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Published: March 25th 2013
On our way to Maun we stopped for a bathroom break. This is where a local approached our guide and was willing to buy one of the white chicks...
After the night at Khama Rhino Sanctuary, we drove to Maun. In the town of Maun, we stocked up on food, snacks, and alcohol (though I did not pick up any alcohol due to the weather/heat). Right outside of town we camped at a hotel. The hotel was nice but I did not upgrade to a room, I remained faithful and tented it. Here we had internet connection, a pool (though not one I would swim in), and for the evening, we ate at the buffet.
In the morning, we packed up our tents and supplies and headed about 40 minutes via 4WD vehicle to water. We basically drove to the Delta edge. Here we met Okavango Polers (Key, Judge, Morgan, Bryan, Candy, Nikole, there were a couple of others), we hopped into our dugout canoe (called mokoro) and they poled us into the Delta. It took about a little over an hour on the water. We passed many water lilies (some white, some were light purple), hippos in the water, and a reed frog. Well I am pretty confident that it is a reed frog-no one could tell me what type it was but thankfully for google....
The river is called the
Decided to go off road onto saltpans.
Okavango River. The river loses a lot of the water to the sands of the delta. During the rainy season, the water can be seen throughout the Delta and can create little islands. But right now, it was the drier season. This allows for the animals to have far more access to other areas than during the rain season. In one sense, this is okay for us as we were not confined to the campsite, nor was it the peak tour season. In another sense, when we did walk, we saw birds and zebras. Oh and elephant footprints, Rhino footprints, and the African Serval footprint but not the animals themselves because now they have this vast land to roam.
After settling into the camp, we walked to the river where we left the canoes. Some people took a swim (I did not) and others tried their expertise in poling the canoes. These were long canoes (not sure if one can tell from the photos). So maintaining balance while poling two humans and cargo all the while dodging the hippos....lets just say I will not quit my day (errrr....night) job anytime soon but I did not tip the canoe either! So kudos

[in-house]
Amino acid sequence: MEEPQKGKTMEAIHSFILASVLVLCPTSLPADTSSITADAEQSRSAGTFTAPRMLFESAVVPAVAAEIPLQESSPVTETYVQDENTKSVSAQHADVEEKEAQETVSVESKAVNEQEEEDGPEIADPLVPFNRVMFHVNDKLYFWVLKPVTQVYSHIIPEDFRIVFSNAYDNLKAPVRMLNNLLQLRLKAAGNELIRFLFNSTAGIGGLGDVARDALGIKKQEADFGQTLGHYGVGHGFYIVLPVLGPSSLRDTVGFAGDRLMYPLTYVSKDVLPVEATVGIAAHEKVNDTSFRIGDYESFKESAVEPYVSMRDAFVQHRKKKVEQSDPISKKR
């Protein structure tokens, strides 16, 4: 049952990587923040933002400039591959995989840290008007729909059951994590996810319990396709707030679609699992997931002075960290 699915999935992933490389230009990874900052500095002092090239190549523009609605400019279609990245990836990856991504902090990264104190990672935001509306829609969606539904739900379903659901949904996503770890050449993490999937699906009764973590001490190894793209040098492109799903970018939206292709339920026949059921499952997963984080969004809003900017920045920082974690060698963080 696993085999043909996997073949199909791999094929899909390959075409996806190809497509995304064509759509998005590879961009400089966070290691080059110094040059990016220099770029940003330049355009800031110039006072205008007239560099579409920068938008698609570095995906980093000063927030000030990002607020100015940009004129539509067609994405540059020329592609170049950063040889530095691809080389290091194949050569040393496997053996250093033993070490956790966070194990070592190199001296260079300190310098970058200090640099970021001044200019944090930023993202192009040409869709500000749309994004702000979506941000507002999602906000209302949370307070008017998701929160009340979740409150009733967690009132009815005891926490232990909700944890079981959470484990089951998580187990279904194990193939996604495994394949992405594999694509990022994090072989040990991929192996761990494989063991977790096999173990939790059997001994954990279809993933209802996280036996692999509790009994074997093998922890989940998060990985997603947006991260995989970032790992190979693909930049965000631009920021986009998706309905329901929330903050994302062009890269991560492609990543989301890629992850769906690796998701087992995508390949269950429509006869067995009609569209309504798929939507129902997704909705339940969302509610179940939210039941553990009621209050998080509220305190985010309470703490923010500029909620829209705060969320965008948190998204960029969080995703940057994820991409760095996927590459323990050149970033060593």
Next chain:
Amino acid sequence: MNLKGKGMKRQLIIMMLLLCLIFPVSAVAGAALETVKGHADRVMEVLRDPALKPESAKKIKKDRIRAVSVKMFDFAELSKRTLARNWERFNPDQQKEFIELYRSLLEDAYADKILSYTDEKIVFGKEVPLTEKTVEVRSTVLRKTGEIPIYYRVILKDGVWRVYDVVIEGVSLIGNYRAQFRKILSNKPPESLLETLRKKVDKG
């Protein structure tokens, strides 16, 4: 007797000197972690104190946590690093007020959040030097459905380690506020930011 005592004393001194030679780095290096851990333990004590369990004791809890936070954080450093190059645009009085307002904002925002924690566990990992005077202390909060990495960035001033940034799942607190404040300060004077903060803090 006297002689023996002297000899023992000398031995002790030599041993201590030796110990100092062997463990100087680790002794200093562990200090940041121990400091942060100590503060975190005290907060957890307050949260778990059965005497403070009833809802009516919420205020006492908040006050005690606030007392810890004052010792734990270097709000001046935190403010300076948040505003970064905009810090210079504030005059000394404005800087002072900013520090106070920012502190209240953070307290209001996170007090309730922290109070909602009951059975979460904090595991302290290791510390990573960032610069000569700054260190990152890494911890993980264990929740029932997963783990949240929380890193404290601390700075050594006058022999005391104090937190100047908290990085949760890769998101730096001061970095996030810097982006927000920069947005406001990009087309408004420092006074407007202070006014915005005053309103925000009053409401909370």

to me!! There were no hippos when I poled, I am speaking in general for the regular polers.
After having lunch, we took a stroll around the Delta where we did indeed see Zebras and birds. A lot of "bee eaters". But they do not just eat bees, infact bees were not a common site. Eventually we made our way back to camp and had supper. The Delta people cooked up the supper. It was a little strange. Almost out of the 1950s-1960s. These people, mostly the women, cooked up the food. We, the campers, ate. The Delta people waited for us to finish before they ate themselves. We, campers, normally do our own dishes at the camp...however while we were in the Delta-the women of the Delta did the dishes. Of course my attitude towards that was 1) uh....no but 2) invited them to eat while we ate and the rest of the crew agreed. Well one in the group agreed until she tried to go back for seconds and the "vultures" (her word, not mine...as I don't agree) ate all of the food.
The following day we remained in the Delta and took two more strolls towards different areas of
the islands. We even took off our shoes, rolled up our pants and got a little wet and went through the water. It was squishy and cool. In my opinion, it felt nice between my toes but then I am not much of a girly girl. On the way I found a feather. Danny (50+ Aussie) also found a different feather. I took mine home and Danny gave me the one he found because Australia evidently has strict custom rules. I am not all that sure what America's policy is but I smuggled them in anyways. :-)
After supper on our last day in the Delta, the polers put on a song and dance. Judge was basically the lead guy dancing. During three different songs/dances he brought up three different people to dance. We all thought for sure he would have picked his "girlfriend" (Amy...who is in my group...she's 24 year old from Perth, Australia) but nope...he went for Daniel (different from Danny), Amanda, and me...ugh....again, no worries, I am not quitting my day job!!!
After our last night, we loaded up our tents, coolers, and headed back into Maun via the mokoro. Upon our arrival to the hotel/camp site, we then
boarded our travel vehicle and headed to Maun airport where we purchased our ticket for the scenic flight over the Delta. The cost was $70, the experience was priceless. I attempted to take photos but I was mesmerized by the area that I more focused on the landscape then I did trying to take photos of the animals.
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